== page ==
-Walt

  11. #11
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    All the above is true, but if you totally pood the screwch and have a wacky seat tube you're better off putting in a shim. Although reaming the seat tube is part of building a frame, if it's totally fuct up cuz it's your first frame and your metalworking sucks... it's easy to ream so much the seat tube ends up so thin it cracks in short order.
    "Things that are complex are not useful, Things that are useful are simple."
    Mikhail Kalashnikov

  12. #12
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    My local bike shop has a "burnishing tool". I will try that first. I went back and did some additional investigation and it doesn't seem as bad as I originally thought. Crossing my fingers that will be enough.

    Thank you all for your input. It's much appreciated.

    Hopefully pictures of finished frame will be posted within the month. (Kitchen renovation must take priority if I want to stay married.)
    Cycle tracks will abound in Utopia. ~H.G. Wells

  13. #13
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    Adjustable reamers work reasonably well and are pretty cheap. In this case, you don't need to spend hundreds on a specialty tool.

    I would think you could find one for closer to $30, but here's a link to one on ye olde amazon

    I guessed you wanted this size based on using a dropper post. It should work for 30.9 or 31.6 posts. Get the next size down if you are using a 27.2.

  14. #14
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    Quote Originally Posted by Feldybikes View Post
    Adjustable reamers work reasonably well and are pretty cheap. In this case, you don't need to spend hundreds on a specialty tool.

    I would think you could find one for closer to $30, but here's a link to one on ye olde amazon

    I guessed you wanted this size based on using a dropper post. It should work for 30.9 or 31.6 posts. Get the next size down if you are using a 27.2.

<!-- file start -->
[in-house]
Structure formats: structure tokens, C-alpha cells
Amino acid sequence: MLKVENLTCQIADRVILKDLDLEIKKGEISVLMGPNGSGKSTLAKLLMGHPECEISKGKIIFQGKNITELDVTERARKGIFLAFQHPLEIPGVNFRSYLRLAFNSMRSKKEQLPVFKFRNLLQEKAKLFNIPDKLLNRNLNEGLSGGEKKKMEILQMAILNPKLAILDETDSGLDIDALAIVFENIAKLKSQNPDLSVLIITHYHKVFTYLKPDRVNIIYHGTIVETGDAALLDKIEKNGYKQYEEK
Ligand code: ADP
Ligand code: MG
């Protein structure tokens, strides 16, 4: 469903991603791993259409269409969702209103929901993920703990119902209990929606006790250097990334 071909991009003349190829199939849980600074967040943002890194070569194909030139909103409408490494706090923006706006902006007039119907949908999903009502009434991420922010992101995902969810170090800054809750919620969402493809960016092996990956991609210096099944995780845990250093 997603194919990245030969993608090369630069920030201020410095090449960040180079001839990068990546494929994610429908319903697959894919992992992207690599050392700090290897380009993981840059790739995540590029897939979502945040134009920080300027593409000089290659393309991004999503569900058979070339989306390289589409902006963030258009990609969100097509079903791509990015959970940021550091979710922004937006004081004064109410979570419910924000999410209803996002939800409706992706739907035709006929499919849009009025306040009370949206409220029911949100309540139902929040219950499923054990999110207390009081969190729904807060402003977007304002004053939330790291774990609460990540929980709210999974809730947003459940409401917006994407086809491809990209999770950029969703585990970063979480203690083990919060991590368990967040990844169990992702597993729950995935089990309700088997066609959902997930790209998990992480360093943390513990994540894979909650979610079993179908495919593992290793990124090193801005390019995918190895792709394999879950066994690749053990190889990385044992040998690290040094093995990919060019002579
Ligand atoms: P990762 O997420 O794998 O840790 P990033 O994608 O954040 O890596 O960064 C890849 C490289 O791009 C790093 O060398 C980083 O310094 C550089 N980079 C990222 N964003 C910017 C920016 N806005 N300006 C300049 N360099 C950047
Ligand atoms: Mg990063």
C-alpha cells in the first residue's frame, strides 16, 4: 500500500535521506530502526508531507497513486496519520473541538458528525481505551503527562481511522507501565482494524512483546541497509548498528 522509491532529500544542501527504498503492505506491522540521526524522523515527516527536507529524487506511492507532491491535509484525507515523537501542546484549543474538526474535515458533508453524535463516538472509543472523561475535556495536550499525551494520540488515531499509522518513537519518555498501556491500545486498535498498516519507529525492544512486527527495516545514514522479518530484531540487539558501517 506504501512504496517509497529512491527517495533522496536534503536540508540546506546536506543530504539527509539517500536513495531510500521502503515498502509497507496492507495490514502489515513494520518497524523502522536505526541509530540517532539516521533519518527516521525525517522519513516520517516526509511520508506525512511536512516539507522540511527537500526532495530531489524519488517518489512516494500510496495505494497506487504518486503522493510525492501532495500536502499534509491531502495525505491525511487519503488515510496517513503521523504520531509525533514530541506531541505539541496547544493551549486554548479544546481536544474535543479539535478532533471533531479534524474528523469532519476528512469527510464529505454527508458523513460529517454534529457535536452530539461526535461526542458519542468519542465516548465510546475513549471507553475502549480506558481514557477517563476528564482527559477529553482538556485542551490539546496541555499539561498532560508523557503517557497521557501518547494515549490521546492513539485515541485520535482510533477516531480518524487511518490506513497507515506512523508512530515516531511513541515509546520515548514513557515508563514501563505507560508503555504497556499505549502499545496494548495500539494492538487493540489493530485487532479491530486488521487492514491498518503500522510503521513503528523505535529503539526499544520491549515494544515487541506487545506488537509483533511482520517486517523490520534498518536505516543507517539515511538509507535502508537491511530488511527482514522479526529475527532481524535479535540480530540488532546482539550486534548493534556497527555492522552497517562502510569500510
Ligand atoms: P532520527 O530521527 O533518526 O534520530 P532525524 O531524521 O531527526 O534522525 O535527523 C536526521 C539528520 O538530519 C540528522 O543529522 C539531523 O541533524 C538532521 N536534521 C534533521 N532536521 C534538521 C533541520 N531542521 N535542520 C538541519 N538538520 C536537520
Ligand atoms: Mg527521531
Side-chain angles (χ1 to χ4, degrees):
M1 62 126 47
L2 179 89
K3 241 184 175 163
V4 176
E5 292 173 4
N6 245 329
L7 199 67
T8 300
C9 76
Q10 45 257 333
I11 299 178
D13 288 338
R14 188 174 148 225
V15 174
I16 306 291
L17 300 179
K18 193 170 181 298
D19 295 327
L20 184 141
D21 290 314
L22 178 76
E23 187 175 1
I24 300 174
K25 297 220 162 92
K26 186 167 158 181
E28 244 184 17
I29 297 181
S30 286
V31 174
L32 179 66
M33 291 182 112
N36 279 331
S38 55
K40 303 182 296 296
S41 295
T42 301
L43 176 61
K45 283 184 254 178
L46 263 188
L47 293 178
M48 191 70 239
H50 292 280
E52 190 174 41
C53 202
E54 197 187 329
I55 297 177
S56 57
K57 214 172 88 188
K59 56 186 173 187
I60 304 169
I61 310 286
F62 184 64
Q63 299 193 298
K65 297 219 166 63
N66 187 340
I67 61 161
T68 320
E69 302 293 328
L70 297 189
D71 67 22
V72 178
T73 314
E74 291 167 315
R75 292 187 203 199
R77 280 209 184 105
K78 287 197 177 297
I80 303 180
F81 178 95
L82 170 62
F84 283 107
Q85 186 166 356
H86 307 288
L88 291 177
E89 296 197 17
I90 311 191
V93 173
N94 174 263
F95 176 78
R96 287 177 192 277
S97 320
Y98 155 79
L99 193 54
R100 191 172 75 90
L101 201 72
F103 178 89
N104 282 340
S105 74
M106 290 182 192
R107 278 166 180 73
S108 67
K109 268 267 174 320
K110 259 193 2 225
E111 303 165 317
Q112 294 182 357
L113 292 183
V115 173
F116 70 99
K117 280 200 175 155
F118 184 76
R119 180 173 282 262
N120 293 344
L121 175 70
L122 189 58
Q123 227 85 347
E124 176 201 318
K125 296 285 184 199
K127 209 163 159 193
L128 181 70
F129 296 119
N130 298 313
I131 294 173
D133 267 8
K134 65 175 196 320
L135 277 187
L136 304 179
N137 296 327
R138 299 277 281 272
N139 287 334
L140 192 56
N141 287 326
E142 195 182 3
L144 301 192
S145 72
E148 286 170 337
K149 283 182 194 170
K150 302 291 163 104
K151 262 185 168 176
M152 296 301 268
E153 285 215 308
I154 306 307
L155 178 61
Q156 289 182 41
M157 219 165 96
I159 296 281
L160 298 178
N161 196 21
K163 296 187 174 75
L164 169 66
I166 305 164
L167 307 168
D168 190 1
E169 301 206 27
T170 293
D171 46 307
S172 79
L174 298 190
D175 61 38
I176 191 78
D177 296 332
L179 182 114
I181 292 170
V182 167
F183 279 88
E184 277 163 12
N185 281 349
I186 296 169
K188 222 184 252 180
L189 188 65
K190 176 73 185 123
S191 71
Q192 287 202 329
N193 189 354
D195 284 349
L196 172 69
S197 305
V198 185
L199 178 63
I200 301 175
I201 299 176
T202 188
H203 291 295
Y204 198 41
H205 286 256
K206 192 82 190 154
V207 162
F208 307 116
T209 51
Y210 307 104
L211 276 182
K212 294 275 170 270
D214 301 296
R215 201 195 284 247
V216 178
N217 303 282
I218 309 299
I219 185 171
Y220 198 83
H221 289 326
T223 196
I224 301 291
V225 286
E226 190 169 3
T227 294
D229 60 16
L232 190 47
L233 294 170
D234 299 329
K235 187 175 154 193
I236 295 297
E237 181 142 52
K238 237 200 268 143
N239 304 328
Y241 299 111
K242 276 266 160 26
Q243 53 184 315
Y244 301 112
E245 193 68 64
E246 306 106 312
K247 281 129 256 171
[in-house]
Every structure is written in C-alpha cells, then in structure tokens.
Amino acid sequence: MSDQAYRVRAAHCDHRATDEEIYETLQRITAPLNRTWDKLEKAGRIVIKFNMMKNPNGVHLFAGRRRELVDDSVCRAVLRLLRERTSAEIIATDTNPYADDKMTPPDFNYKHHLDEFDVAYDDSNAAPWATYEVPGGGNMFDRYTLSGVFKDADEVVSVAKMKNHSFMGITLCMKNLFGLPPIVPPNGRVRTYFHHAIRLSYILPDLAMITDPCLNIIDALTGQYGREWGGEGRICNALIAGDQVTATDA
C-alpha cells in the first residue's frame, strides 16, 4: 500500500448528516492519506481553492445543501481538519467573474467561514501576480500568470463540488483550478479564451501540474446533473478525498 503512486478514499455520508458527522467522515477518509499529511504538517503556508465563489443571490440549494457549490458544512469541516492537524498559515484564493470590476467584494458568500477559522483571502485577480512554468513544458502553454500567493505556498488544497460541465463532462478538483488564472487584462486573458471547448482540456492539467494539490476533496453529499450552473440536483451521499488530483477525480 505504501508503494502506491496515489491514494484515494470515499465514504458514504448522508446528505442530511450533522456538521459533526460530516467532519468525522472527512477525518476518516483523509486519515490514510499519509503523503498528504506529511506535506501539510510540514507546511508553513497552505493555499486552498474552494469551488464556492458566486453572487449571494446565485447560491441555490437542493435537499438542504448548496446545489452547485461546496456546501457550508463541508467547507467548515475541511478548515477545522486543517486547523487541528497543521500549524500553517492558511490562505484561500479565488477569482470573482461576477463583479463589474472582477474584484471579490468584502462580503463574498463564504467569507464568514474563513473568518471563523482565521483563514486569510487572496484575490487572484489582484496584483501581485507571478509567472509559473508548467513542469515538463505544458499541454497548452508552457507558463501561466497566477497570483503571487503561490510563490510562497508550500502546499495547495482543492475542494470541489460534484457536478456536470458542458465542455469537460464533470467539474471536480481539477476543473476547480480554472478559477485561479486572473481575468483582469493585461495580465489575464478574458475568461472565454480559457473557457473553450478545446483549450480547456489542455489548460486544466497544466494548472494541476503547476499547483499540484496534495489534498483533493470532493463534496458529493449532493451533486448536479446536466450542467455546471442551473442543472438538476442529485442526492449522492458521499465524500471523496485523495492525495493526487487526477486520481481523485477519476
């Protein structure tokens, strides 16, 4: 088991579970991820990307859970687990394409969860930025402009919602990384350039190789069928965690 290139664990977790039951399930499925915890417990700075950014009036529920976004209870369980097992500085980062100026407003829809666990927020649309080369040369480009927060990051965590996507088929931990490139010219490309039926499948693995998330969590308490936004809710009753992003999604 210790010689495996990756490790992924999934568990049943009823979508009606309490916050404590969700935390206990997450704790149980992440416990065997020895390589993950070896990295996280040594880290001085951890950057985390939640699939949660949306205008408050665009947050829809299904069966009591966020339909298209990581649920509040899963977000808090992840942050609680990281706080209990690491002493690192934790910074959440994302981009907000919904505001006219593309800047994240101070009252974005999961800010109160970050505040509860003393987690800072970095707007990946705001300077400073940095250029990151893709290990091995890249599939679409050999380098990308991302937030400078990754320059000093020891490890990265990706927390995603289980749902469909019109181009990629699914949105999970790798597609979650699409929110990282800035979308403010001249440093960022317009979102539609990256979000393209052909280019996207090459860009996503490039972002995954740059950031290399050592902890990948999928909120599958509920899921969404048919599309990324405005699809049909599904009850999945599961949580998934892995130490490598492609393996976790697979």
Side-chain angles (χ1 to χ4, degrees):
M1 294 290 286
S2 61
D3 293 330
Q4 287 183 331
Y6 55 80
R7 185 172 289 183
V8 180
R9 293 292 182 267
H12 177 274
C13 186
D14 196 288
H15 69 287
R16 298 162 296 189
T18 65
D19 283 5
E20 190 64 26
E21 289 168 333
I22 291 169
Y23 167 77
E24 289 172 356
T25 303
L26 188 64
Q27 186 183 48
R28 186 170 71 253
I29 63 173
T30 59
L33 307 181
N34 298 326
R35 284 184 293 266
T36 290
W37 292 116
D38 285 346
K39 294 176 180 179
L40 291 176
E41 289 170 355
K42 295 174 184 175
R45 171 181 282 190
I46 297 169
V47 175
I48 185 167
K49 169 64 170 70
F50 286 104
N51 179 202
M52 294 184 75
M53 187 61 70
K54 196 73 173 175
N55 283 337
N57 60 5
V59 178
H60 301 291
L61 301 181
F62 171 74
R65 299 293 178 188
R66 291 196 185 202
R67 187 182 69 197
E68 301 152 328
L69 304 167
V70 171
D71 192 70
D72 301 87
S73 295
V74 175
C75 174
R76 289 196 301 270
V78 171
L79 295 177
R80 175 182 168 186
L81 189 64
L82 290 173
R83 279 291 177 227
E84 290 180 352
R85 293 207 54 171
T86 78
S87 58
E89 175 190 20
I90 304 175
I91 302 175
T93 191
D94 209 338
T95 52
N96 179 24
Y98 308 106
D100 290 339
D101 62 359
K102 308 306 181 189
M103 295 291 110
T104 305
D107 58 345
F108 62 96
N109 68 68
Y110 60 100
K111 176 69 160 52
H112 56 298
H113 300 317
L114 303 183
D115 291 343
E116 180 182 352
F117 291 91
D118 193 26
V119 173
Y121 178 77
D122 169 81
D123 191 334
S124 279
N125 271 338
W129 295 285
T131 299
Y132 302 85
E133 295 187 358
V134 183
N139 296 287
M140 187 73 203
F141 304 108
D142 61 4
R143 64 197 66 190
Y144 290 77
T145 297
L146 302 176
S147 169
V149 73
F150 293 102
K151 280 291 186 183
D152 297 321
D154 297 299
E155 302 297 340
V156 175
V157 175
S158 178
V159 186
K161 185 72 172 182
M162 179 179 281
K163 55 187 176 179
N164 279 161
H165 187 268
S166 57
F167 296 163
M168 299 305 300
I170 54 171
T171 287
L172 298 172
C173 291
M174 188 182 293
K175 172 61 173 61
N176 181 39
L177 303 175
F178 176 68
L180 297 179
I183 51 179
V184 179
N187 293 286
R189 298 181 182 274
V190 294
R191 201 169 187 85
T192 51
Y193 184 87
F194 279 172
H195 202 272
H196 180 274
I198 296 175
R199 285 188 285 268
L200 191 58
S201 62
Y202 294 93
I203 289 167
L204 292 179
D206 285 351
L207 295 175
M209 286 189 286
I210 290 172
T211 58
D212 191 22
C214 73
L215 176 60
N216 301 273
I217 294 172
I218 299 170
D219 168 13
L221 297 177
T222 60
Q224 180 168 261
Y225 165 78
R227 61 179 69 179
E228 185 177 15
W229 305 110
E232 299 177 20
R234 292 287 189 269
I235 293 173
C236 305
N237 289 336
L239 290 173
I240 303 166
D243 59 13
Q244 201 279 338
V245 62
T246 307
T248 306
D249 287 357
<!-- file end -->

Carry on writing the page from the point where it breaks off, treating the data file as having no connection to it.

Thanks. Thats perfect.
    Cycle tracks will abound in Utopia. ~H.G. Wells

  15. #15
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    Quote Originally Posted by Walt View Post
    What on earth is this hammering advice? Seat tubes are *always* ovalized after you weld them or braze them. Always. You ream them back to round. Period.

    -Walt
    Why remove material when you can reform it and maintain wall thickness?

  16. #16
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    Quote Originally Posted by EricTheDood View Post
    Why remove material when you can reform it and maintain wall thickness?
    Have you ever forcibly reshaped a welded joint made from thin tubing? It's a great way to cause it to fail either immediately or a bit later when you're riding the bike. Hammering a big steel ball through the seat tube... the mind boggles. You are almost certain to wreck your frame.

    I've reamed something like 750 seat tubes at this point - the same way pretty much every other builder reams seat tubes, since forever. It works great. The tools are cheap and easy to use, and it's fast. Assuming you did an even halfway decent job of selecting tubes and joining them, the material you remove poses no danger to the integrity of the frame. Hammering something through the joint, on the other hand...

    Look, I know you were trying to be helpful here. But you don't know what you're talking about. There's a simple, proven, safe process to accomplish what the OP wants to accomplish.

    -Walt